Be patient, though. Some cats can take weeks before they’re comfortable with the carrier being out. Eventually, the goal is to have them exploring the carrier on their own. Don’t try to force them!

Make the Carrier Cushy

Make the carrier as nice a place to be as possible. Put some of your cat’s favorite bedding or toys in there and maybe a treat or two. If your cat likes catnip, try sprinkling a little inside. Keep the goodies in the carrier fresh by replenishing or changing it out every few days.

Give Food Inside the Carrier

Try putting your cat’s food dish in the carrier and see if he will eat in there. If he won’t, put the dish a few feet away from the carrier and slowly move it inch by inch closer each day as long as he keeps eating. If he stops eating, move the dish back a little until he eats and then slowly start the progression again.

Some cats might not go in the carrier with you around for fear of being shut in, so try leaving or moving across the room and see if that helps.

Teach Your Cat

Once we’ve reached the comfortable with and eating in the carrier stage, try teaching your cat to go in. You can use a command as simple as the word ‘in.’

Start by calling your cat over to the carrier for a treat. Chuck it into the carrier and when he goes in, say ‘in’ or whatever command you’ve chosen. While he’s in there, make sure to praise him and tell him what a good cat he is. When he comes out, chuck another treat in there and repeat the process.

Once you’ve got that down like pros, try saying your command first before treating. He should go into the carrier. When he does, make sure to give him a treat while he’s still in the carrier. He’ll start to figure out that the carrier is fun!

Close the Door

With a firm grasp of the carrier command, have your cat go into the carrier, but this time, shut and latch the door before slipping in the treat. Once he’s eaten it, open the door and let him out. Repeat this. Over time, increase the amount of time the door is closed. As long as he’s relaxed inside the carrier, give him a treat. If he freaks out or tries to get out, don’t give him a treat, let him out, and try again with less time for the door being closed.

Pick Up the Carrier

Once we’ve mastered hanging out in the carrier with the door closed, it’s time to pick up the carrier. Don’t do anything else. With the door latched and your cat inside, pick up the carrier and then immediately set it back down and let your cat out.

Walk With the Carrier

After we’ve remained calm with the carrier in the air, try walking a few steps with it. Then set it down. As long as the cat remains calm, reward him with a treat before letting him out.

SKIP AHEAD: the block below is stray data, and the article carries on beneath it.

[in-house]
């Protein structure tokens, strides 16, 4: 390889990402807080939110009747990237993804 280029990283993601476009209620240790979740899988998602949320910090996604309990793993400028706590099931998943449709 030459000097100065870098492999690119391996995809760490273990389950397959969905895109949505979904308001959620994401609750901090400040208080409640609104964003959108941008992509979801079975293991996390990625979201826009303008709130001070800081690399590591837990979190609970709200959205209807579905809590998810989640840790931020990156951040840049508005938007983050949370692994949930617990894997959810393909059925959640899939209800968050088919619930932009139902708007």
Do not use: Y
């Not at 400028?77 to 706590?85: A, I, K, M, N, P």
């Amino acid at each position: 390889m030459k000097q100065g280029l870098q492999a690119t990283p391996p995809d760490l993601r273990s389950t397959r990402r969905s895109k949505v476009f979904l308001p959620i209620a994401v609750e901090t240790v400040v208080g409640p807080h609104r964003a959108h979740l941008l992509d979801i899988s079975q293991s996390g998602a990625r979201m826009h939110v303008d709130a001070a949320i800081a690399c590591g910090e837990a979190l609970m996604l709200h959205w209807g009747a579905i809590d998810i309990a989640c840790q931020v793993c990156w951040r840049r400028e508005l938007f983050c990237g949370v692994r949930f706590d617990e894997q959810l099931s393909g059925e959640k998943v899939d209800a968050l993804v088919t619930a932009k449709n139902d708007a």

Go Outside

Now that we’re comfortable with the carrier being in the air and moving, it’s time to go outside. Don’t go far. Try just stepping out of your front door and then going back inside. Always make sure the cat is calm during the training steps. Gradually increase your distance as long as the cat is relaxed.

Eventually, walk around the block or up and down the street with your cat in the carrier. For this, make sure you’re carrying the carrier firmly and safely and that the door is properly latched shut.

The Car

As long as all of the other training steps have been mastered, we can now progress to the car. At first, just put the carrier in the car. If your cat is relaxed, give him a treat in the carrier and then take the carrier out when he’s finished eating. Slowly increase the time period in the car to a few minutes.

Now start the car and shut it off. Again, gradually increase the time that the car is running.

Back up and pull forward. Shut the car off. Always keeping things gradual and within your cat’s comfort zone as you gradually increase your drive time.

Your cat may never be totally happy in the carrier or driving in the car, but if we can keep the experience from being traumatic, not only is it better for your cat, but it’s better for you and the veterinary staff that will have to examine your cat! I would also like to add that a carrier is indeed a necessity for taking your cat to the vet. Not only does it ensure safety for your cat during the drive, but it also ensures safety from the car to the front door of the clinic. A lot of clinics are on very busy roads and a panicked cat isn’t thinking straight when they leap from your arms and race away from you.

 

Stay safe and enjoy life’s journey!

Charity Dine with the ASPCA

From July 11th to July 16th, the ASPCA and restaurant.com have a cool promotion going. You can buy a $200 restaurant.com gift card for $30. 10% of the proceeds go to the ASPCA. That’s a nice date night! These would make great gifts, too!

Published in: on July 9, 2012 at 11:48 pm  Leave a Comment